On June 16th, 1944, the state of South Carolina executed George Stinney, Jr. He was fourteen years, six months, and five days old, the youngest person ever executed in the United States in the 20th Century.
Stinney, who was black, was convicted of murdering two white girls, Betty June Binnicker, age 11, and Mary Emma Thames, age 8, with a railroad spike. The trial lasted three hours, and the all-white jury deliberated for 10 minutes before sentencing George Stinney to death in the electric chair.
At Stinney’s execution six weeks later, the guards had difficulty strapping him to the electric chair (he was 5′ 1″ and weighed just over 90 pounds). During the electrocution, the jolt shook the adult-sized mask from his head.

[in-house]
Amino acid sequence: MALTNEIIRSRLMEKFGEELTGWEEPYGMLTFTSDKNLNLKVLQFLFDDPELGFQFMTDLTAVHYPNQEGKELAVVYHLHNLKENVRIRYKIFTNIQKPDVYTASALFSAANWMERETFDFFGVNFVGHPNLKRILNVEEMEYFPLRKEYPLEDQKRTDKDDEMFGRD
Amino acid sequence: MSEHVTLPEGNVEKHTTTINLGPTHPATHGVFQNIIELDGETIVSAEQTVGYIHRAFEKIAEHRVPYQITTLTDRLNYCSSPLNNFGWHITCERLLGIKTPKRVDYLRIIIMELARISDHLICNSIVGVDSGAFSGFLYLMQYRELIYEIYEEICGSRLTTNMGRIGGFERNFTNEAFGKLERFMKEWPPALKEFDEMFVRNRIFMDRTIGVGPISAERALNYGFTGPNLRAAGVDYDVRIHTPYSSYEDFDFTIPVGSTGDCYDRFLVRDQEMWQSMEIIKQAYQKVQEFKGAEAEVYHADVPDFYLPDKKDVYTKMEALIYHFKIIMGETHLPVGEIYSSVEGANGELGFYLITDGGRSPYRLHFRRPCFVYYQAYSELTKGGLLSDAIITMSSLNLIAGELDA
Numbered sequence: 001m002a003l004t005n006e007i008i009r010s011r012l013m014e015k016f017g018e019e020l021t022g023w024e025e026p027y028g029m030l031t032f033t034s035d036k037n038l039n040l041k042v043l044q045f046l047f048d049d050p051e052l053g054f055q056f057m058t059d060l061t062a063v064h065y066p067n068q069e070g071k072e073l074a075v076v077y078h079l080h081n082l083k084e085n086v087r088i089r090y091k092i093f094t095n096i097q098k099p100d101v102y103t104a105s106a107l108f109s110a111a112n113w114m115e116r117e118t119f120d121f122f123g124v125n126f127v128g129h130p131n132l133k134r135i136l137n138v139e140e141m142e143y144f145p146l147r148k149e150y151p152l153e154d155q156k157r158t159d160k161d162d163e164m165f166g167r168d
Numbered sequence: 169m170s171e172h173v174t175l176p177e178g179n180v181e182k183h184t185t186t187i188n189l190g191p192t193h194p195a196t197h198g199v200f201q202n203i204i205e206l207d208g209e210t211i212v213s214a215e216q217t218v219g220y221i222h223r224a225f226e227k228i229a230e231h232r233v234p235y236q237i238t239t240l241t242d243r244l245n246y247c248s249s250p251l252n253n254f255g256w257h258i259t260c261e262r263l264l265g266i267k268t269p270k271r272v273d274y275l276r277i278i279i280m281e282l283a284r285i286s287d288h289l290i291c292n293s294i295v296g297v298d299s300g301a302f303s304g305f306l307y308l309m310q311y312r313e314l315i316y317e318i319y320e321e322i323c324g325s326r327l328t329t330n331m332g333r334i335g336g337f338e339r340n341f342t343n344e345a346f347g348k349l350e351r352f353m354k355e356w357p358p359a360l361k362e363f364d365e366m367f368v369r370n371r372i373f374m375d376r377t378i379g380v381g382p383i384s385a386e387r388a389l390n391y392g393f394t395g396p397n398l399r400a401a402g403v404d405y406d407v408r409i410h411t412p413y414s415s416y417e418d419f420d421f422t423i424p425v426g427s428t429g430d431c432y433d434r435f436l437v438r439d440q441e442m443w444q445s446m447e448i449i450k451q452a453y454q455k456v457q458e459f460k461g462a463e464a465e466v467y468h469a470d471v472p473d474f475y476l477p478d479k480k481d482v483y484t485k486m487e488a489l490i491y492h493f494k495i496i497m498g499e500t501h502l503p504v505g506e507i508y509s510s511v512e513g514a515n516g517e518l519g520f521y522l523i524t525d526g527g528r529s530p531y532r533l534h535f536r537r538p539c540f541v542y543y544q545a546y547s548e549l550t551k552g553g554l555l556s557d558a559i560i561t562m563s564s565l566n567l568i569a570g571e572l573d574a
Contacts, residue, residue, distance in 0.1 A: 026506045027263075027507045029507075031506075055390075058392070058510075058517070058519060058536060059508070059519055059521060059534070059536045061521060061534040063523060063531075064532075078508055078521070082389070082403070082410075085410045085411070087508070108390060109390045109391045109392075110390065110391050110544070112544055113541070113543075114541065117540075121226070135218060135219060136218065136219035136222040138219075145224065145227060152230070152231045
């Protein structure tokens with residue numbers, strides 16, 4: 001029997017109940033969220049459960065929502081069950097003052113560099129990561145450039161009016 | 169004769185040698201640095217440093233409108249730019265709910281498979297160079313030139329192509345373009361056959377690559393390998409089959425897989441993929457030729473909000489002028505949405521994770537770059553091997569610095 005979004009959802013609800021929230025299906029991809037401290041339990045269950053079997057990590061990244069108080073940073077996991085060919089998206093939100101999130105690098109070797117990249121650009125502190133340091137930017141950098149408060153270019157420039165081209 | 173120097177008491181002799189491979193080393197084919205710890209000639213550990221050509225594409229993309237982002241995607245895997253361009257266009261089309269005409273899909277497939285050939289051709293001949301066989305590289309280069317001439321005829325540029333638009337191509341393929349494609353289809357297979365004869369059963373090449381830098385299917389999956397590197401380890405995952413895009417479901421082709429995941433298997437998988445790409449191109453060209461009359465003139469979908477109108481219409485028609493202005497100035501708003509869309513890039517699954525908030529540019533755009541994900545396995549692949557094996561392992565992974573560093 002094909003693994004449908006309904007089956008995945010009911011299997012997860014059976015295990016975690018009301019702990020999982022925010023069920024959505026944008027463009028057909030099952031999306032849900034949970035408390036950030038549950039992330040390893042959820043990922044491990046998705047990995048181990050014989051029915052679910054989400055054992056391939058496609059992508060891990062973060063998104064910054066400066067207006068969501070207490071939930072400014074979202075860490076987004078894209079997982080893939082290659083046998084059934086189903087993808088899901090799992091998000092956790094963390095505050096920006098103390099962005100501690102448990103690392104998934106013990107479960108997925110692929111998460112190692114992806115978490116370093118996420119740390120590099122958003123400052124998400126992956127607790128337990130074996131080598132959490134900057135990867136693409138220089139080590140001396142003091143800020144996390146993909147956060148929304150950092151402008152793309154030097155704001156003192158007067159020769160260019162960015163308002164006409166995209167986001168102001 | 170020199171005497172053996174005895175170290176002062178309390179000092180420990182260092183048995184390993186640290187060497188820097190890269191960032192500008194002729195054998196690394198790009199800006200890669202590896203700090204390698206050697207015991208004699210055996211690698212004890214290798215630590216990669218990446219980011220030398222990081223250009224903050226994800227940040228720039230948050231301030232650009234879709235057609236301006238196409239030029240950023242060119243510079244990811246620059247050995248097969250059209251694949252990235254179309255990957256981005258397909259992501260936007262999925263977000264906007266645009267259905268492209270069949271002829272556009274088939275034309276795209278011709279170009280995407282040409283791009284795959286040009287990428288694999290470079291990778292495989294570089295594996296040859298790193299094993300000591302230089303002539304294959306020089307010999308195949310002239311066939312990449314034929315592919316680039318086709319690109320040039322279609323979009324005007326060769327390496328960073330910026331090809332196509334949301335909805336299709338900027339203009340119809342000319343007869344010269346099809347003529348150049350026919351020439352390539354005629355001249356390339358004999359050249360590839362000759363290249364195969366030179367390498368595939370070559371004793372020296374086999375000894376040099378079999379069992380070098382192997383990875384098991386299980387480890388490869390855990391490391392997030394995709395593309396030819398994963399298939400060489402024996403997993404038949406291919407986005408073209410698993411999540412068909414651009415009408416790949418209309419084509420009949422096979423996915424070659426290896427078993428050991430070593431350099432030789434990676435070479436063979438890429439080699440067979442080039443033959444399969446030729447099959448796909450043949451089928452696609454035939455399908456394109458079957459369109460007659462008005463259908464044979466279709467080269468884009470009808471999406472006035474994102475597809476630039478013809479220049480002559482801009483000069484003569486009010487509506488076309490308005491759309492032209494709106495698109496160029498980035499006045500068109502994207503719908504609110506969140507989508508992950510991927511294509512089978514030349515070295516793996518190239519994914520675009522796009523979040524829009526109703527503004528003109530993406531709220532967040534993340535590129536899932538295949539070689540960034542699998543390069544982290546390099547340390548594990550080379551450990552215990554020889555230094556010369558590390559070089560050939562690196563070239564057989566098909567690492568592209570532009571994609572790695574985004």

On the sixtieth anniversary of his electrocution, one of the last surviving members of George Stinney’s family as well as the only living sibling of Betty June Binnicker recall the event.
George Stinney’s Prison Records (PDF, 435KB)
Recorded in Passaic, NJ. Premiered June 30, 2004, on Day to Day.
This documentary comes from Sound Portraits Productions, a mission-driven independent production company that was created by Dave Isay in 1994. Sound Portraits was the predecessor to StoryCorps and was dedicated to telling stories that brought neglected American voices to a national audience.